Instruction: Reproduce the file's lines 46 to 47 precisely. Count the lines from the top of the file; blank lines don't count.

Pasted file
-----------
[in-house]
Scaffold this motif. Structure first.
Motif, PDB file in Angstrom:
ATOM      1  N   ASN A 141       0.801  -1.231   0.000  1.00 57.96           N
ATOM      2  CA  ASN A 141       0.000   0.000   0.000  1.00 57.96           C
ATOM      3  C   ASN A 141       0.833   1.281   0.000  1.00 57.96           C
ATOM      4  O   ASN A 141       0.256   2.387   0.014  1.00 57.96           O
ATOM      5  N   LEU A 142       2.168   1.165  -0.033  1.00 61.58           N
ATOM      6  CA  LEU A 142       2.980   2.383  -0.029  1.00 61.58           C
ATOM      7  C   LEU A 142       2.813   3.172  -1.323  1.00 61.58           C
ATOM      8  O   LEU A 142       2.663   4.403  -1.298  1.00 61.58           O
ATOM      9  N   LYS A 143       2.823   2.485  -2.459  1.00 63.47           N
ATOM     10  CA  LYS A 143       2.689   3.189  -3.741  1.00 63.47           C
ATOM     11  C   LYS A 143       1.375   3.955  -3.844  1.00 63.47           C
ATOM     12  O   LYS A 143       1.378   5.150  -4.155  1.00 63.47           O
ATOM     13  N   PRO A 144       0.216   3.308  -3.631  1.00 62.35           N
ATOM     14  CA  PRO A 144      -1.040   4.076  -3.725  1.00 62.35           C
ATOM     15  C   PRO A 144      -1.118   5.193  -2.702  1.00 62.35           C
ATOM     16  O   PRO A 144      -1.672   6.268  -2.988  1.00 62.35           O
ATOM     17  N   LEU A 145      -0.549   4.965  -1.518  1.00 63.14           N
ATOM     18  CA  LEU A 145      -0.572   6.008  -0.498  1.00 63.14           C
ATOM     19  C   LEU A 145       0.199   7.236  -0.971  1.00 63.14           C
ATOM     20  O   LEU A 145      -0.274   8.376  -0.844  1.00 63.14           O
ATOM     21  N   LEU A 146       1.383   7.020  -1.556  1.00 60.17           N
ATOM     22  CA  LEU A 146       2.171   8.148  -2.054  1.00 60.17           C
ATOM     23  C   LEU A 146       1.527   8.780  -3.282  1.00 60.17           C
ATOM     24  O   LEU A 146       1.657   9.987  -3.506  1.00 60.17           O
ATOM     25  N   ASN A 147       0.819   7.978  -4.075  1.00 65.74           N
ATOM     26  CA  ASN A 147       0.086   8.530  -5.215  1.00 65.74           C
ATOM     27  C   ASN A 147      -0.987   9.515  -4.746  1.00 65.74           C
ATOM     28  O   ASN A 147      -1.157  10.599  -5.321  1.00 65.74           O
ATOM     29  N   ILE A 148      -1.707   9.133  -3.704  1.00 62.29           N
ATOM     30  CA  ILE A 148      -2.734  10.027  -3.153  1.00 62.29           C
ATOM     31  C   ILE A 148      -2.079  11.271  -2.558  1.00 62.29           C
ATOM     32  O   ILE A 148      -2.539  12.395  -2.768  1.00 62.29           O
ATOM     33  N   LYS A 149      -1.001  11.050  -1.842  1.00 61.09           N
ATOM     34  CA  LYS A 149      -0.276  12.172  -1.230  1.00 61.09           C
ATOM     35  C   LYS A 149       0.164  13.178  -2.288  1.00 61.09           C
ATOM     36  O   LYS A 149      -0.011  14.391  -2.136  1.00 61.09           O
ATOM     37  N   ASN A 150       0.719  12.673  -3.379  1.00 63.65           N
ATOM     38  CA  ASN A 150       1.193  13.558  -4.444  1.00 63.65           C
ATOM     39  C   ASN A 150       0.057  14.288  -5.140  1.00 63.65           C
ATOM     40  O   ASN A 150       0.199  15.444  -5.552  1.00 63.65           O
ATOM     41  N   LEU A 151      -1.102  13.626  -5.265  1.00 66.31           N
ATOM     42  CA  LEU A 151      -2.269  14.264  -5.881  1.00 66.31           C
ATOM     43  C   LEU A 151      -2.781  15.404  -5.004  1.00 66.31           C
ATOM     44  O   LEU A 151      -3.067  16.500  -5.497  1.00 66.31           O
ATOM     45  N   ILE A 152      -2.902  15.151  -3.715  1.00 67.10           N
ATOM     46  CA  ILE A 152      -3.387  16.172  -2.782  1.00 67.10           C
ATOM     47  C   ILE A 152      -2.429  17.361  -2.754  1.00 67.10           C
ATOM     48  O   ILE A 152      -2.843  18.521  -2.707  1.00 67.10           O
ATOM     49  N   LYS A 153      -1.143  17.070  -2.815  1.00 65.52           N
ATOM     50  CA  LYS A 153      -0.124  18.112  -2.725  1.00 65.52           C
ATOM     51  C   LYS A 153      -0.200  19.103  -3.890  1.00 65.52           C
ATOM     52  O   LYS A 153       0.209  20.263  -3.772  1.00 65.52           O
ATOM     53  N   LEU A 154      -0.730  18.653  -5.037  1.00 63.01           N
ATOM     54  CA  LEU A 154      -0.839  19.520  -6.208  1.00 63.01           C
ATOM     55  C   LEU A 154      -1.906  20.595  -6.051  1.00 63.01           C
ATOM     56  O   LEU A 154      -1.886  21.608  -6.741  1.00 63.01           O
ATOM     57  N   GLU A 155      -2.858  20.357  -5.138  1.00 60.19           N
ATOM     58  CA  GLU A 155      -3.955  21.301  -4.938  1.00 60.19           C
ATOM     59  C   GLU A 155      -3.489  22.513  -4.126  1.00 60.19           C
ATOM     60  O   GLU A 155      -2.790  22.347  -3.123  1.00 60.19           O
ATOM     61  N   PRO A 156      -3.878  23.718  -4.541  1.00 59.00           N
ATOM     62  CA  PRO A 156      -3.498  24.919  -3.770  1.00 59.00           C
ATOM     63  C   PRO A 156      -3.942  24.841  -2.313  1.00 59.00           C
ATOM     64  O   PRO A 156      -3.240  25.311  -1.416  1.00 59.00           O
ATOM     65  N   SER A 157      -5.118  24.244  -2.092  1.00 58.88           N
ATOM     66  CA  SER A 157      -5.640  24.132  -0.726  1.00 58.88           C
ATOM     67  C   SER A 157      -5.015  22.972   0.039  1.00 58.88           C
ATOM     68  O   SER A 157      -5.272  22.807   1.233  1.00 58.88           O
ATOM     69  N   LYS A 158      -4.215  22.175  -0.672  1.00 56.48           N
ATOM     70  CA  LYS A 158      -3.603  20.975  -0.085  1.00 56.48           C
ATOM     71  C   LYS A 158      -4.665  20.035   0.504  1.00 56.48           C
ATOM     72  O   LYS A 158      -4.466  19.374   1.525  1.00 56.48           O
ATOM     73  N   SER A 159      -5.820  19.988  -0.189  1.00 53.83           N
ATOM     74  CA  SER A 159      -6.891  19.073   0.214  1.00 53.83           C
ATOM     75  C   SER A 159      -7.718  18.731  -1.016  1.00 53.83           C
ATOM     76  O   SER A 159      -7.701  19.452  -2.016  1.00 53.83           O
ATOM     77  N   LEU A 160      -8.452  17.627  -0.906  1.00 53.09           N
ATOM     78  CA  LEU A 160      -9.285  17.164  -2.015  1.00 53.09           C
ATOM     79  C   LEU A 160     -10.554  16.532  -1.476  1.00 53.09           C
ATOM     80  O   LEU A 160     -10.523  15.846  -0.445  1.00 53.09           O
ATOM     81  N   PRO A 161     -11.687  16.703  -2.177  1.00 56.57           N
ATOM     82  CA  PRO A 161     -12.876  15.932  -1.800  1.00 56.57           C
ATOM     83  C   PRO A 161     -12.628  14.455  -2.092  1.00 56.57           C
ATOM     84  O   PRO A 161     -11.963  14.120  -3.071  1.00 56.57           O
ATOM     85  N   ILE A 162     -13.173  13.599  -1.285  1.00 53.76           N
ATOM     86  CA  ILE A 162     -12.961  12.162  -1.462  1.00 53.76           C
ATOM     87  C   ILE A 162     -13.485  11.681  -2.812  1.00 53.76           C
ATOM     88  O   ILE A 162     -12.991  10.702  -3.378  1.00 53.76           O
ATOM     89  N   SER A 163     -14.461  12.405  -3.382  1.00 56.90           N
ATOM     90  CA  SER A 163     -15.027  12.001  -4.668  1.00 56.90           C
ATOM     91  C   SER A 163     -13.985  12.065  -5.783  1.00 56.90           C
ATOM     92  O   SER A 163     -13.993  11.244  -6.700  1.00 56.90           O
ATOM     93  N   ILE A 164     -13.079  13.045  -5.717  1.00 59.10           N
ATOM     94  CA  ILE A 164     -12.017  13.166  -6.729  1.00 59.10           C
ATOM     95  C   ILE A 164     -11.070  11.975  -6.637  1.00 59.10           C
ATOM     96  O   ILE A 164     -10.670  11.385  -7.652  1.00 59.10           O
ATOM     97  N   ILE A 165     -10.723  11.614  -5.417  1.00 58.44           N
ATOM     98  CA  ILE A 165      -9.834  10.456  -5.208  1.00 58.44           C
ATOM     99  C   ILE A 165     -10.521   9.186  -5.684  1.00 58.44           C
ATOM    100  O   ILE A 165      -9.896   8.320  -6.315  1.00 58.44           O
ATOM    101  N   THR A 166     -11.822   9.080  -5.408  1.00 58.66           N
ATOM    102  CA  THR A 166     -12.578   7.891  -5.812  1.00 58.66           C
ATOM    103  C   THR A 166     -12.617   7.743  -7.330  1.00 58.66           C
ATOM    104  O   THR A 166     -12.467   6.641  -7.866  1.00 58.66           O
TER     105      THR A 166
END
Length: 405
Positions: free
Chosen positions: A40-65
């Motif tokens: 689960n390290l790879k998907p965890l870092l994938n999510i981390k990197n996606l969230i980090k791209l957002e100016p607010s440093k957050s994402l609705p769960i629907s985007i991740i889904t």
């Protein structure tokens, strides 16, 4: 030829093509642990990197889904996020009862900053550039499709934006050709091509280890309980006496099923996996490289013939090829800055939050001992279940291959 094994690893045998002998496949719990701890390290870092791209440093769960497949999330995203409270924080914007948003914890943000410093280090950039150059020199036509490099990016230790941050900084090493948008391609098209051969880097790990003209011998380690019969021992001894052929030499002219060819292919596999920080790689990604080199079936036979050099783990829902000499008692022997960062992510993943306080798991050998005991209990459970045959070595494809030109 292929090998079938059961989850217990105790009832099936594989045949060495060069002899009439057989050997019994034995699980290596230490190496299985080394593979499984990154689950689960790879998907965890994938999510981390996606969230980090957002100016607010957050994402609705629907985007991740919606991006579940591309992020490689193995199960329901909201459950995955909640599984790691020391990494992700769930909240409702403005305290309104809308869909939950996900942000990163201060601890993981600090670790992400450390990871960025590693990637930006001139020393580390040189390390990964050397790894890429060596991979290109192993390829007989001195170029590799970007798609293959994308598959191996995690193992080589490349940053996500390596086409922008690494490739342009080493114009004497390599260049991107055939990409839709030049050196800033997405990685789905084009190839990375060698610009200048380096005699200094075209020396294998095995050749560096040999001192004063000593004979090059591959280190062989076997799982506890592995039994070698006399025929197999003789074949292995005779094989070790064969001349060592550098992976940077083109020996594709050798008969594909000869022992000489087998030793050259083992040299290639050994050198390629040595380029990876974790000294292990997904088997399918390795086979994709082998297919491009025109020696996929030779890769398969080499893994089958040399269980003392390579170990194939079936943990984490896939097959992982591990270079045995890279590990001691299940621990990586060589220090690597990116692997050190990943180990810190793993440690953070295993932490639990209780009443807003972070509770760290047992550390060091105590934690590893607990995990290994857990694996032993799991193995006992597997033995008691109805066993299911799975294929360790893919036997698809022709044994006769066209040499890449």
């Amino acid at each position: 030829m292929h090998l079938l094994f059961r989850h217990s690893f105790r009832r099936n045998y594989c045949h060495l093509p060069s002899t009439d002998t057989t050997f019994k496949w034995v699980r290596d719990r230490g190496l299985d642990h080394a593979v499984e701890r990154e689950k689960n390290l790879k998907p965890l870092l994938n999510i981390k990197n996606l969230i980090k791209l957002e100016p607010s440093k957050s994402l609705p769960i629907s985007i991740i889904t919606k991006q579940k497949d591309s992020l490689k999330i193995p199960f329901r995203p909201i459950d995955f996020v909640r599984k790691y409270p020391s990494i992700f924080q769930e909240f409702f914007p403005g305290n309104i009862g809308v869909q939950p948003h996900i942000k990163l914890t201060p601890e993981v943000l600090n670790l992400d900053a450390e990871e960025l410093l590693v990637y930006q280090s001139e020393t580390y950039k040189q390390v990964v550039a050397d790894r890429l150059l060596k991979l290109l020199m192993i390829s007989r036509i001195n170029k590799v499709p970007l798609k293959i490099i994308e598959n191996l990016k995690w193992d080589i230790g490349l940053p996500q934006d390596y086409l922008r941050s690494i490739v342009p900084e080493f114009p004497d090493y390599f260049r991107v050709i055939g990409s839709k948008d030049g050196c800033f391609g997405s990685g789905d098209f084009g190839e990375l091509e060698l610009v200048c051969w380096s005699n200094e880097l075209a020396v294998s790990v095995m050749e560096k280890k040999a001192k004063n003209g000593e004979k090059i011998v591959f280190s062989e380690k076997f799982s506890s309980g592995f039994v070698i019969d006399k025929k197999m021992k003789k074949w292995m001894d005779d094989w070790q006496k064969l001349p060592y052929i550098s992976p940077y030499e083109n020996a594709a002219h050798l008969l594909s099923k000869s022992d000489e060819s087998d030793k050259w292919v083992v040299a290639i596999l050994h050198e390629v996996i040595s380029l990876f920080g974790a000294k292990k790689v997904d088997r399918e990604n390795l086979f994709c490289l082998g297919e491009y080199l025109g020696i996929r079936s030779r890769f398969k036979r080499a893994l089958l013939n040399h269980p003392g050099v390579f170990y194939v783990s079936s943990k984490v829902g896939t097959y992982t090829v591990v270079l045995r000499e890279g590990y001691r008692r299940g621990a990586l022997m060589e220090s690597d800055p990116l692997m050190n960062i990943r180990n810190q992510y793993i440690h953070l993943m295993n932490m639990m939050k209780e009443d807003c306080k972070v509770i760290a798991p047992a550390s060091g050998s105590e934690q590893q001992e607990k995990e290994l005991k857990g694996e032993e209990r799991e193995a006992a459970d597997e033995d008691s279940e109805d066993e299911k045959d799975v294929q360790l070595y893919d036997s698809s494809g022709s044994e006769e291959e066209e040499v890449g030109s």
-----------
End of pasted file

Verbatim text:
ATOM     43  C   LEU A 151      -2.781  15.404  -5.004  1.00 66.31           C
ATOM     44  O   LEU A 151      -3.067  16.500  -5.497  1.00 66.31           O